Networking etiquette: increase your networking power
There are many professionals that attend networking functions out there. Some people attend events for leads, some to get familiar with what kind of events are going on around town, and others attend to connect with their peers and other professionals for business or partnership reasons.
There are actually quite a few networking etiquette rules that are unspoken at networking events, so I thought I’d share a few tips on best etiquette practices during networking events so you can increase your networking power over time.
Minding these tips will allow you to network better, and you’ll quickly become more popular with your peers.
1. Whip out the compliments
Compliment other attendants at events – usually when you are attending a networking event, there is some kind of line for nametags. There are other professionals waiting in line to pay or to get their nametags. When you greet someone and make them feel good publicly, other professionals in line see you. Doing that helps you to project your warmth, inviting nature, and most of the time, it gets you into a professional conversation right away before you even enter the event.
2. Be genuine
Sometimes there are people that arrive at networking functions in a suit (that’s good ); however, sometimes those same people are seen reaching out to every person in the room without creating any meaningful conversation. The more people that attend events and do this sort of behavior, the more a group sours quickly.
The best way to network is be yourself, be genuine, thoughtful, helpful, and strategic in thought. You’ll notice that you will build your network a lot quicker when you talk to people, understand their challenges, and give them enough time to feel like they are connecting to you.
The people that like you because you’re willing to stay and chat for a bit are more likely to contribute resources, offer opportunities they see for you than if you got into quick meaningless conversations.
3. Secrets to approaching a host
So there is a right and a wrong way to say hi to hosts of the event. I know from hosting events myself, that saying hi lets a host know you appreciate their hard work for putting on the event. When people see you with the host, it does appear to elevate your perceived value to other on-lookers.
One issue I see all the time is that people say hello to the hosts when they are in deeper conversation with a high ranking professional such as a City Councilman or Business Partner. Interjecting to say hi during these times can be considered rude and sometimes can even put extra stress on the host because of the unexpected interruption.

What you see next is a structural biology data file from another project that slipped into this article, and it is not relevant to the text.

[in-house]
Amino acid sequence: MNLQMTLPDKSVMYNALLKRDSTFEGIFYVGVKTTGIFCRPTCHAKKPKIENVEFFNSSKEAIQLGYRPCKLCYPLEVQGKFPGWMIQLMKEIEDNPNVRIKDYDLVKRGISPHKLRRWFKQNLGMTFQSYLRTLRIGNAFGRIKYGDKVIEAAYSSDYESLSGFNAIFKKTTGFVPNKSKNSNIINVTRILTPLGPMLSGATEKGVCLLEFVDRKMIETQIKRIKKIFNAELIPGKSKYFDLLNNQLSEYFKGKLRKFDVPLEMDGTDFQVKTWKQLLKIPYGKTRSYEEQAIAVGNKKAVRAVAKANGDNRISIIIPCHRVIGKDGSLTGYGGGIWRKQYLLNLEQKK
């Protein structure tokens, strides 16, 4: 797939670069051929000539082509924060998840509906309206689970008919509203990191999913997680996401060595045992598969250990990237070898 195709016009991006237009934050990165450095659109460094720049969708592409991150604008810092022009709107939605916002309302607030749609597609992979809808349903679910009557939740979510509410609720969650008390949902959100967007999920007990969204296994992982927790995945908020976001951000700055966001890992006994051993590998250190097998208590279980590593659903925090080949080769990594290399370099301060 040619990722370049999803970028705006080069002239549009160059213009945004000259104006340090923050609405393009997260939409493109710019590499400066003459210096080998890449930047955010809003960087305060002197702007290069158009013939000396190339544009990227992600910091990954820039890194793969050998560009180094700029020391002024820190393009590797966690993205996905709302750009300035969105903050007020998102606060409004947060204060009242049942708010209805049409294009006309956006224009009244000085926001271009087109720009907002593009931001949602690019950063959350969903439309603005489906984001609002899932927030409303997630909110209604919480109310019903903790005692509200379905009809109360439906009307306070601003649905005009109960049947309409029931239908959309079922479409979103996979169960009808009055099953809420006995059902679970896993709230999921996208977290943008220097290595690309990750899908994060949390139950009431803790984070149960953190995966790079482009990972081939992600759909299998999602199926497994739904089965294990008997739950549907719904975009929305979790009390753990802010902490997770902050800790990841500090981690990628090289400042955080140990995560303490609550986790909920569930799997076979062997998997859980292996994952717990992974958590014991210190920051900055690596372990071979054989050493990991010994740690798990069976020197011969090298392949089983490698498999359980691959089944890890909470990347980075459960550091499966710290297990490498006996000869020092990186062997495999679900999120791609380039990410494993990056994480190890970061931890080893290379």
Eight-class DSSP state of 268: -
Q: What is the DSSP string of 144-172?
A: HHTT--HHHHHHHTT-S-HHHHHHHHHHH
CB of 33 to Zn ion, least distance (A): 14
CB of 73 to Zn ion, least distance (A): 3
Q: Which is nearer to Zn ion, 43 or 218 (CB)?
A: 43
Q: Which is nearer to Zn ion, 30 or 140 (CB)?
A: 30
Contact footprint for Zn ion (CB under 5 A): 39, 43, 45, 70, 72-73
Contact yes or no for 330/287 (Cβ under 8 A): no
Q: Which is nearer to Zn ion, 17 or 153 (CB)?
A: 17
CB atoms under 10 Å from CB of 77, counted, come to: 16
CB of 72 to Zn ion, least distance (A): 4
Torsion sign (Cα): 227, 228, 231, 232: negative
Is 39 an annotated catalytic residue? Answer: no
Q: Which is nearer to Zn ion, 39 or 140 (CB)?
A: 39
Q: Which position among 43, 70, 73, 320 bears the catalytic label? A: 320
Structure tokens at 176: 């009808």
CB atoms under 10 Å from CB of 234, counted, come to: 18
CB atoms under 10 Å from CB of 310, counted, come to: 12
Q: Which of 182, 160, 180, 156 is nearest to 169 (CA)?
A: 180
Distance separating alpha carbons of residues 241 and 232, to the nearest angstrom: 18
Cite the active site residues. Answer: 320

When you say hello to the host, the best etiquette would be to either stand close by and wait for a pause in the conversation before you introduce yourself, or pick a spot in the group that is further away from the host and would be less of a distraction if you entered the group from that position. If you notice there is one person talking and everyone is listening intently, you should do the same, then say hi at the next opportunity when you have a better understanding of the situation.
Being mindful of the space you’re speaking into will make your host appreciate that you took the time to introduce yourself at an opportune time. Hosts that are pleased with the way you conduct business are more likely to introduce you to people. Hosts are probably the best people to introduce you to exactly who you should be talking to at that event.
You should also keep in mind that hosts tend to not like getting stopped when they are on their way out of a conversation as well. If you see a host leave a circle of people and make a direct line somewhere, that usually isn’t the best time to stop them. Chances are they are either responding to an emergency or they are headed for the bathroom. As a general rule, don’t corner the hosts, but wait your turn and then speak to them or have a mutual friend introduce you.
4. Build your network and give value
One of the best ways to really build a powerful network is by being friendly and helping people, and by giving them value. Value has many forms such as time, expertise/advice, money, entertainment (even telling a joke is valuable).
In each conversation, you gain practice looking for or finding out the reason the person is there at the event in the first place, then contributing in some way to help them achieve their goal or objective. If you can get them closer to their dreams, or even just tell a heartwarming or entertaining story, doing those things will make it more likely that people will introduce you to their friends and make it more likely they will engage you in conversation when you see them for a second time at another event. Over time, those people who remember you will introduce you to their friends which will make your future networking at events go much faster.